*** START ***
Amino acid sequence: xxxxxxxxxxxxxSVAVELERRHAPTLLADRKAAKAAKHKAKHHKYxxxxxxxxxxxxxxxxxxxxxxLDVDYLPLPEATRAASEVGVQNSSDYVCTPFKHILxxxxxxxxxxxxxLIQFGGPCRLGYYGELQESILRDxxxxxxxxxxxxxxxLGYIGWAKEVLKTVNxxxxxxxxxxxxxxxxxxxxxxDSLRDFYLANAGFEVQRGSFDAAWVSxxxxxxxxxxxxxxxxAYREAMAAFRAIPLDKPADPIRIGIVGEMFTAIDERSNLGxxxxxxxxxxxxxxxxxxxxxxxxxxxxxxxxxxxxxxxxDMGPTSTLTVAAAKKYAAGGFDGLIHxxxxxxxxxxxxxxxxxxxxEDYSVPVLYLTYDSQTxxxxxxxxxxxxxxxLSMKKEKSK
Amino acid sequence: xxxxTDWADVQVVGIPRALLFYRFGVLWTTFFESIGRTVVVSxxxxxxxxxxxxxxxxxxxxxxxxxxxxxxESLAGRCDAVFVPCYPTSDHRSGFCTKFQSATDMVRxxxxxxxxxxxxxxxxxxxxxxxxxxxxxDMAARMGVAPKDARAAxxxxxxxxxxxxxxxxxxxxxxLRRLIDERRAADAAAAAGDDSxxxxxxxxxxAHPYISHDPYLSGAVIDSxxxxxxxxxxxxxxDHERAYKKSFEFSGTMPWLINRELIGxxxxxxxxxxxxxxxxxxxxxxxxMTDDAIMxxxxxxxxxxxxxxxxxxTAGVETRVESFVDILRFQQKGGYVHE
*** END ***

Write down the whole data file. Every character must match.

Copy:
Amino acid sequence: xxxxxxxxxxxxxSVAVELERRHAPTLLADRKAAKAAKHKAKHHKYxxxxxxxxxxxxxxxxxxxxxxLDVDYLPLPEATRAASEVGVQNSSDYVCTPFKHILxxxxxxxxxxxxxLIQFGGPCRLGYYGELQESILRDxxxxxxxxxxxxxxxLGYIGWAKEVLKTVNxxxxxxxxxxxxxxxxxxxxxxDSLRDFYLANAGFEVQRGSFDAAWVSxxxxxxxxxxxxxxxxAYREAMAAFRAIPLDKPADPIRIGIVGEMFTAIDERSNLGxxxxxxxxxxxxxxxxxxxxxxxxxxxxxxxxxxxxxxxxDMGPTSTLTVAAAKKYAAGGFDGLIHxxxxxxxxxxxxxxxxxxxxEDYSVPVLYLTYDSQTxxxxxxxxxxxxxxxLSMKKEKSK
Amino acid sequence: xxxxTDWADVQVVGIPRALLFYRFGVLWTTFFESIGRTVVVSxxxxxxxxxxxxxxxxxxxxxxxxxxxxxxESLAGRCDAVFVPCYPTSDHRSGFCTKFQSATDMVRxxxxxxxxxxxxxxxxxxxxxxxxxxxxxDMAARMGVAPKDARAAxxxxxxxxxxxxxxxxxxxxxxLRRLIDERRAADAAAAAGDDSxxxxxxxxxxAHPYISHDPYLSGAVIDSxxxxxxxxxxxxxxDHERAYKKSFEFSGTMPWLINRELIGxxxxxxxxxxxxxxxxxxxxxxxxMTDDAIMxxxxxxxxxxxxxxxxxxTAGVETRVESFVDILRFQQKGGYVHE